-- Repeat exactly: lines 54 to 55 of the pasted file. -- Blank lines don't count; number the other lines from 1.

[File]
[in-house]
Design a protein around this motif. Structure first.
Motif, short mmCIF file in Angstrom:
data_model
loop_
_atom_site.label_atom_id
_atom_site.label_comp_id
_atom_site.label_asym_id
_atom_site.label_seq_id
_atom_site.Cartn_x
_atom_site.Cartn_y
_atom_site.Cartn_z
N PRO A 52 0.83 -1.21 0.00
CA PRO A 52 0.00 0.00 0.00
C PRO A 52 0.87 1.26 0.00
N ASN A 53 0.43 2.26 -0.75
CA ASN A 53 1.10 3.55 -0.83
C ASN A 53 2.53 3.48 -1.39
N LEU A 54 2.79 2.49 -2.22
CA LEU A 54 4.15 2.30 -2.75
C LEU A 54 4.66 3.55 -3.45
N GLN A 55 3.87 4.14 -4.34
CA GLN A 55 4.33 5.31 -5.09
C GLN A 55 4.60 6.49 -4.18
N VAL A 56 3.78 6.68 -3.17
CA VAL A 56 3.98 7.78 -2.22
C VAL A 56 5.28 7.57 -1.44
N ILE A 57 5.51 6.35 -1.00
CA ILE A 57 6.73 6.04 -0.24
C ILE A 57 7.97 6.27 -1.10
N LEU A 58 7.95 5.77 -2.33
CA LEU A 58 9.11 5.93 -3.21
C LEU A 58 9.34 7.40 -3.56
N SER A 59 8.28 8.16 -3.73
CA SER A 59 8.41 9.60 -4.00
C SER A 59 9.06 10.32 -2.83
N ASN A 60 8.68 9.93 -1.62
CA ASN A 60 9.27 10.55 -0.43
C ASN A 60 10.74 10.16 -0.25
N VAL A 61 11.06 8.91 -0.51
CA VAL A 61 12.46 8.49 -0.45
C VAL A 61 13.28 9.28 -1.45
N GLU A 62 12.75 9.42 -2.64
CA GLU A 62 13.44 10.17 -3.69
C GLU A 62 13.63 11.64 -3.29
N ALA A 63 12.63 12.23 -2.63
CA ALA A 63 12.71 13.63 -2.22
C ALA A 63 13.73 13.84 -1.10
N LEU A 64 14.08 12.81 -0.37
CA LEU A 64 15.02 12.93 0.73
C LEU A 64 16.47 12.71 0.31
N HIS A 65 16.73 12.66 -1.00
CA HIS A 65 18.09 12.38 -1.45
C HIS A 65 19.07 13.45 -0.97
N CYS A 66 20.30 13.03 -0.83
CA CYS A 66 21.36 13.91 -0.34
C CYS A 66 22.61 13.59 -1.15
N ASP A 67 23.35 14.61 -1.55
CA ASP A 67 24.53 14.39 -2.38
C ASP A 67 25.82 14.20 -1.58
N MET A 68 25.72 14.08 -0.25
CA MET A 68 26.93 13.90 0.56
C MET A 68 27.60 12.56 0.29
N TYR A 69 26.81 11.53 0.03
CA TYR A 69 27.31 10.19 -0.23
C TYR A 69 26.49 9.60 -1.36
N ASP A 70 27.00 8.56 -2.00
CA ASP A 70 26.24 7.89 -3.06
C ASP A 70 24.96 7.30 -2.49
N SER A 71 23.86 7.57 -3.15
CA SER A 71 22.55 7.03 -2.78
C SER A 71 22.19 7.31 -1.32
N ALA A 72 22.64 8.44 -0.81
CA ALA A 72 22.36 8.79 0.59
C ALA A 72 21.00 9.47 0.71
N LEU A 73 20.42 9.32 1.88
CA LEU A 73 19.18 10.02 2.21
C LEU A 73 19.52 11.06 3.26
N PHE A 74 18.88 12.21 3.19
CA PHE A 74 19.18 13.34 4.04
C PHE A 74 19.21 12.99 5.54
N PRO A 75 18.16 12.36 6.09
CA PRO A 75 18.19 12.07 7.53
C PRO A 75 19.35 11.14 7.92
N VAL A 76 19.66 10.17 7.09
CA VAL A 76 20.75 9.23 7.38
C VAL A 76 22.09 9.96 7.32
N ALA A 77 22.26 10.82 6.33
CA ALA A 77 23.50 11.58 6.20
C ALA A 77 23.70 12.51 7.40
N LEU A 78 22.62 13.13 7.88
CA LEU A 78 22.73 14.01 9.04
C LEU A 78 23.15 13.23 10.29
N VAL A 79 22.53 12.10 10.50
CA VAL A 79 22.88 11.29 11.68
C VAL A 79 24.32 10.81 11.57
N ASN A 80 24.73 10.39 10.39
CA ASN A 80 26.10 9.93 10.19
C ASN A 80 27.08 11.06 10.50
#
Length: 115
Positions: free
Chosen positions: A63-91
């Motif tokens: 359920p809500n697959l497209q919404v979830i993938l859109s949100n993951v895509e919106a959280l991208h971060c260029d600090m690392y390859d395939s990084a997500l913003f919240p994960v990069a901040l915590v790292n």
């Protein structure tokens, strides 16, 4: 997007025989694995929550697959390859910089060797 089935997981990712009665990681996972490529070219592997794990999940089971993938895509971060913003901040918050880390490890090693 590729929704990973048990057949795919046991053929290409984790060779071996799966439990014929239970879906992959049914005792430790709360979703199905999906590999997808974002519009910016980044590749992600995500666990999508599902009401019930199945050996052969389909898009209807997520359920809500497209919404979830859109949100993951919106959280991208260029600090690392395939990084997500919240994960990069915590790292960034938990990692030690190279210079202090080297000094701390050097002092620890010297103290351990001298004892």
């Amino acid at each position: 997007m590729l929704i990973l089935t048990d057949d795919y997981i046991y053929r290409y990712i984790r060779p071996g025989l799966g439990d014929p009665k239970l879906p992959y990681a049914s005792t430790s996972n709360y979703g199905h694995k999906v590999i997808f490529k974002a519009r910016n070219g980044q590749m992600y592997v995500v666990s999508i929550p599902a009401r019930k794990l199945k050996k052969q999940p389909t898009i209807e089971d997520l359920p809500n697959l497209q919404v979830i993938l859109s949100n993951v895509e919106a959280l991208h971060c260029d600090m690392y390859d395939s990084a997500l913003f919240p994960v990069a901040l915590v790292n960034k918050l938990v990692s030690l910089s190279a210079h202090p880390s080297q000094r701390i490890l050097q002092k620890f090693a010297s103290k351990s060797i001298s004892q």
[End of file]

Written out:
C HIS A 65 19.07 13.45 -0.97
N CYS A 66 20.30 13.03 -0.83